Than I sanded. Where there were still dots...those were low spots that needed more attention.


Bright work (natural wood finish) ... that's just an exercise in patience.
-Matt. Designer.

User avatar
Kayak Jack
Design Reviewer
Posts: 1186
Joined: Sun Jun 20, 2004 8:03 pm
Type of boat I like: <-- Please read instructions to the left and delete this text. Then, tell us what type boat you like! :-)
Location: South-central Michigan

Natural Wood Grain Finish

Post by Kayak Jack » Sat Jan 08, 2005 2:20 pm

Finishing wood bright is what kind, sensitive, intelligent fellas do. Only folks who paint wood are uncouth cads who spit in the parlor and pee in public. Gentlemen drink single malt Scotch, Earl Grey tea, and enhance the natural wood grain on boats. We also open doors for ladies, eschew gritz, vote Republican, and are TRUE outdoorsmen.

OK, nuff BS. Finishing bright is about four times easier than painting. Drips, runs, and sags are still present, but can be scraped off later with a cabinet scraper. Chuck's idea of a "saturation coat" on the wood the night before is a good idea. Then, lay on the glass, and fill in the weave. The lesson I'm slow on learning is to use the plastic squeegee to scrape back off about 90% of the top coat that is on the glass. This prevents those runs, sags, and drips that decorate my work. Since some areas "fill" and become smooth before others, the last coat of epoxy is often a situation of painting it onto the rough areas only to get them smooth.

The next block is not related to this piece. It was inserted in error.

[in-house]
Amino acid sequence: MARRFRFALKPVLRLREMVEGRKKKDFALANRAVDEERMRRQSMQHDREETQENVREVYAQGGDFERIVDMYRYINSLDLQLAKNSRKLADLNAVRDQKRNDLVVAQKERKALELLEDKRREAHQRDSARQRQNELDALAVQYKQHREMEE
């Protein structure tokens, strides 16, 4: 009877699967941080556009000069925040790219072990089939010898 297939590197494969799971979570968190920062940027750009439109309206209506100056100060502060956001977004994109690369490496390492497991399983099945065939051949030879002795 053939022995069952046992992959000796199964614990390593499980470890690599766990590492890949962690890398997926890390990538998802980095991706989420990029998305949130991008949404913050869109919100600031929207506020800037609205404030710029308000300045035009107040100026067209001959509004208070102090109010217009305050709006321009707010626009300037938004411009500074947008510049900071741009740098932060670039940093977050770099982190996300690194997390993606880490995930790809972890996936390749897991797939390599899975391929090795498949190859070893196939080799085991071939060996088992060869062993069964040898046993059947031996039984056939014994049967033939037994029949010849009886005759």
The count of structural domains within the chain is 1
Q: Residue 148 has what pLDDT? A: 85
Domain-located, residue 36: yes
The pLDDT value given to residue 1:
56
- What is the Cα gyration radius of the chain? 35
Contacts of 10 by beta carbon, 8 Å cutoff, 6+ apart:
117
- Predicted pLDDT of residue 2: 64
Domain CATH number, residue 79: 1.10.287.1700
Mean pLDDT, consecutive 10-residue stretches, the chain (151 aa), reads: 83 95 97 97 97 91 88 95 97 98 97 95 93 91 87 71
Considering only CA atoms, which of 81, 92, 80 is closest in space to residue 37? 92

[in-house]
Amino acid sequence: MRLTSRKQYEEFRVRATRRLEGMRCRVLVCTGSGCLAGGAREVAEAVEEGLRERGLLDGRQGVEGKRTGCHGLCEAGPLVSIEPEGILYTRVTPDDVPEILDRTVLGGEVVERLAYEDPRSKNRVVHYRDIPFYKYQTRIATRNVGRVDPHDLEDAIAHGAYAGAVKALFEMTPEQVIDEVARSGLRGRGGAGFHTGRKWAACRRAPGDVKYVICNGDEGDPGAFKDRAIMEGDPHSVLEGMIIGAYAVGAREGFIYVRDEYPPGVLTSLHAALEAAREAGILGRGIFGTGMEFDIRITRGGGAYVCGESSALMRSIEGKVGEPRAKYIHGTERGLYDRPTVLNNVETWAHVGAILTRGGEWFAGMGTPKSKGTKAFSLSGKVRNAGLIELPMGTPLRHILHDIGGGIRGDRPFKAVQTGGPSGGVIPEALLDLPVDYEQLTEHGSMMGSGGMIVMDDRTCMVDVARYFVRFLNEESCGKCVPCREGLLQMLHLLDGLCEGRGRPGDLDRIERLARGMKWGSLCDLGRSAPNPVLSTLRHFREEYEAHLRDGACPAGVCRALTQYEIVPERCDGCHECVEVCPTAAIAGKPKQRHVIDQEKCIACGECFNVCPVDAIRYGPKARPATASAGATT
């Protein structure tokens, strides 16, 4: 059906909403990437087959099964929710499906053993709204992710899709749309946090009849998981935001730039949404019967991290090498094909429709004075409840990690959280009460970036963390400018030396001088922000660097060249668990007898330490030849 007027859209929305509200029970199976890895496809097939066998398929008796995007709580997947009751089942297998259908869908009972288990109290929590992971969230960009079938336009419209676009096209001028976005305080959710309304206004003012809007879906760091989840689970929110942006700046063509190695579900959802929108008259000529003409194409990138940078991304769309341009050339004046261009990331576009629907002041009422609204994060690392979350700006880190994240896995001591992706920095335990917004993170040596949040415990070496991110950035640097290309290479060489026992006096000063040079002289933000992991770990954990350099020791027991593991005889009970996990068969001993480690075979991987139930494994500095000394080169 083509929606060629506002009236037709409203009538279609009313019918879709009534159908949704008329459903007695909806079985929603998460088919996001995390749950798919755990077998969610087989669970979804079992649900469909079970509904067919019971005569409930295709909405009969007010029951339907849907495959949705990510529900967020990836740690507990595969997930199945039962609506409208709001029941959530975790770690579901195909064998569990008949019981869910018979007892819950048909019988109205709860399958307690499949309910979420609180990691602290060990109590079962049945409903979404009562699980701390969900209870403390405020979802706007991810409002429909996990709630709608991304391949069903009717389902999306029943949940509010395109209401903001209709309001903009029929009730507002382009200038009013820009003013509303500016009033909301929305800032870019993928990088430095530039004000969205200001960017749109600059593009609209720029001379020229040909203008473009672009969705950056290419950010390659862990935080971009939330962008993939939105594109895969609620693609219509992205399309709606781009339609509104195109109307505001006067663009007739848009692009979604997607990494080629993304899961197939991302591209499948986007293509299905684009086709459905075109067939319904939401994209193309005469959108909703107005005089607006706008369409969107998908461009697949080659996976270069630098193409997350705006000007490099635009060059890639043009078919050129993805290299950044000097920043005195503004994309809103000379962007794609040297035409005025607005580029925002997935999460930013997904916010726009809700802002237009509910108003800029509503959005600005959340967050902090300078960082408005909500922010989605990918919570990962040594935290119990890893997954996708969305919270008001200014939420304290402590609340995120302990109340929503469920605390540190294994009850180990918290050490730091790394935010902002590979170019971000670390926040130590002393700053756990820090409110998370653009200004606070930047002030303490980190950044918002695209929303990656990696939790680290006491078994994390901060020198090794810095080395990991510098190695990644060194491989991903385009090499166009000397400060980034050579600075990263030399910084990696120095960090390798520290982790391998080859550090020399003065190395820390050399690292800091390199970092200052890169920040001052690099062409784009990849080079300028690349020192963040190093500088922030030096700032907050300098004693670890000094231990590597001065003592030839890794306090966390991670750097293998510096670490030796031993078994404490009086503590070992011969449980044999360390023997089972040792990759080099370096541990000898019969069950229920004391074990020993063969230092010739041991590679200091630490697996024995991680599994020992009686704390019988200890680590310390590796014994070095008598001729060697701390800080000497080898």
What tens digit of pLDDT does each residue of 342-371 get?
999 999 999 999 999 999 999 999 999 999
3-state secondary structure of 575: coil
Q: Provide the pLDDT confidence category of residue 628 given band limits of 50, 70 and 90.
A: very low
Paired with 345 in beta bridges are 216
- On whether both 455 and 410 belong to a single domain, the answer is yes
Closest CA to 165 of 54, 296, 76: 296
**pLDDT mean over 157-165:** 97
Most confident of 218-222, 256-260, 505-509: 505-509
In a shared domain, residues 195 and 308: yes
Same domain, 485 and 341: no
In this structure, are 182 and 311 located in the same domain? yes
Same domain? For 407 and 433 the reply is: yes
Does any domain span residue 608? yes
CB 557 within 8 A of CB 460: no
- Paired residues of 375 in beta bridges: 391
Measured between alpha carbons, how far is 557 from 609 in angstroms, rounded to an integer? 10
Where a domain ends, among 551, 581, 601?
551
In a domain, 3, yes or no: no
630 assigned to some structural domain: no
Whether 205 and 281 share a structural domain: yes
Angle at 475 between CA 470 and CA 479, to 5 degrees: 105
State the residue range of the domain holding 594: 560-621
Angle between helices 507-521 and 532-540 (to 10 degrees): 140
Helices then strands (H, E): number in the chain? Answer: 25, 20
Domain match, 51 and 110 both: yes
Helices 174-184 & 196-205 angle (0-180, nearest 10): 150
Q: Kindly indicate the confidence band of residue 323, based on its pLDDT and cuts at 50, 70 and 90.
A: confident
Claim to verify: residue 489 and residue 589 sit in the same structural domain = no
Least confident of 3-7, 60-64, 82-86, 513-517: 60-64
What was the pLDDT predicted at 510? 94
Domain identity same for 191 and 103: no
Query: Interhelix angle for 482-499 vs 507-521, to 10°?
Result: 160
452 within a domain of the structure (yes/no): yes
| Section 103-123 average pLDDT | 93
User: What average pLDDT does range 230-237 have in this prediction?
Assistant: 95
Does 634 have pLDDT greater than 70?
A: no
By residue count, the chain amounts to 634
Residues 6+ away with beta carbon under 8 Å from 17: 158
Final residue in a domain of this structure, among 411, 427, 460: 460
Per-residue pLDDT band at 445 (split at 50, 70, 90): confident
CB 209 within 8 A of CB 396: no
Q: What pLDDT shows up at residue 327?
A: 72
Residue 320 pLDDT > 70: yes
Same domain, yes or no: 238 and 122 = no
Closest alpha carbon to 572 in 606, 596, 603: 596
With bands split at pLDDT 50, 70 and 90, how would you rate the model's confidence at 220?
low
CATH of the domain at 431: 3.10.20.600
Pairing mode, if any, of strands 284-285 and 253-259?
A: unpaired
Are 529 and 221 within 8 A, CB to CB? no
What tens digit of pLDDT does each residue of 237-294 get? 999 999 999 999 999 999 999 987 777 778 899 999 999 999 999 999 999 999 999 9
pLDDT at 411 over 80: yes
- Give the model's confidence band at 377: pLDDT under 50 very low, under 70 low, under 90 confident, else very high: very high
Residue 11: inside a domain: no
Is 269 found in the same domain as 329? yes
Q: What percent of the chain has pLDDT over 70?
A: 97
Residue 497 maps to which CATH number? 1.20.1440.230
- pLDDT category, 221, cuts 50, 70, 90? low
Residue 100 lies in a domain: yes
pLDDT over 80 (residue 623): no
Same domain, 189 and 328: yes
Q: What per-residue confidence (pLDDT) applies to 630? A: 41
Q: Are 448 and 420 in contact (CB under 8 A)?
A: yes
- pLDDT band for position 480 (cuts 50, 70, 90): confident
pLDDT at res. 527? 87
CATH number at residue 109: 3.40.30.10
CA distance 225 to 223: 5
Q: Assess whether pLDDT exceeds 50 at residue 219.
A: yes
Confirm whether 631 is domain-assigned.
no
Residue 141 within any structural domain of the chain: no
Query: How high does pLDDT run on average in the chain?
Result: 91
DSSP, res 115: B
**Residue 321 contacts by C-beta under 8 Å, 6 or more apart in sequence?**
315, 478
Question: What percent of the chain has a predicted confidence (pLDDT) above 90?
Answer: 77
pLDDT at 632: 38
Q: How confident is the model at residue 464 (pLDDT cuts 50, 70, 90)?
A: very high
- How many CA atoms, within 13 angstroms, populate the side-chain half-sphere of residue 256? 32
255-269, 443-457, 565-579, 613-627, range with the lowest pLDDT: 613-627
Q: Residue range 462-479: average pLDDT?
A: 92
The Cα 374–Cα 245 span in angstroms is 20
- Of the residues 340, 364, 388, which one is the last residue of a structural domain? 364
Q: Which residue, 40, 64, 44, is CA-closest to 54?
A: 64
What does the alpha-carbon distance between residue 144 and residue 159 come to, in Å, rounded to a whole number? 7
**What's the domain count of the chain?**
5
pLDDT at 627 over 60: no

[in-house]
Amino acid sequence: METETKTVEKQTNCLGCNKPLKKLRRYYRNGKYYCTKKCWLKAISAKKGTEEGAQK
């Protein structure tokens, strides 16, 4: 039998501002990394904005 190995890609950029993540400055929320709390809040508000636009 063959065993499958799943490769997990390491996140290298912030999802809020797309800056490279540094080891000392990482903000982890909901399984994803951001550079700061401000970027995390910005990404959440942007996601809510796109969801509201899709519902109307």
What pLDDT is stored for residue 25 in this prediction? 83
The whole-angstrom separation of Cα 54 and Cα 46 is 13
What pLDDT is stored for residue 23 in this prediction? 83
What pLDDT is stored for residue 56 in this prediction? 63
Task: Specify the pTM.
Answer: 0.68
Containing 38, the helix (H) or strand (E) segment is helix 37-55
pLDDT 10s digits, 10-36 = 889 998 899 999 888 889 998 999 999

Then, of course, you sand most of it off and apply one more thin coat.

Having learned boat building at the knees of John Lockwood of Pygmy, I use only the best Okoume 1/8" mahogany plywood, and glass inside and out. Better craftsmen than me can get away with using lesser materials; I can't.

Klutz in Training
Bodine Skool of Boat Makin
Kayak Jack
Doing what you like is FREEDOM
Liking what you do is HAPPINESS
I spent most of my money on whiskey and women - and I'm afraid I just wasted the rest.

Mullet_Key
Posts: 97
Joined: Wed Sep 08, 2004 11:38 am
Type of boat I like: <-- Please read instructions to the left and delete this text. Then, tell us what type boat you like! :-)
Location: Houston, TX
Contact:

Saws and fill coats

Post by Mullet_Key » Mon Jan 10, 2005 10:44 am

Makita Model 4200NH - James, I have not recieved it yet, so I can't comment on it's performance. I did cut out my bottom panels Saturday with my thin kerf Japanese hand saw. I cut short 1" sections and came back with with electric jig saw to make sure my cuts stayed vertical. (yes, O' wise ones, that did take a long time, but is was a Saturday and the I wanted to see some progress.) Note: I noticed all my cuts with any hand saw anywhere anytime tend to wander off the 90 deg vertical.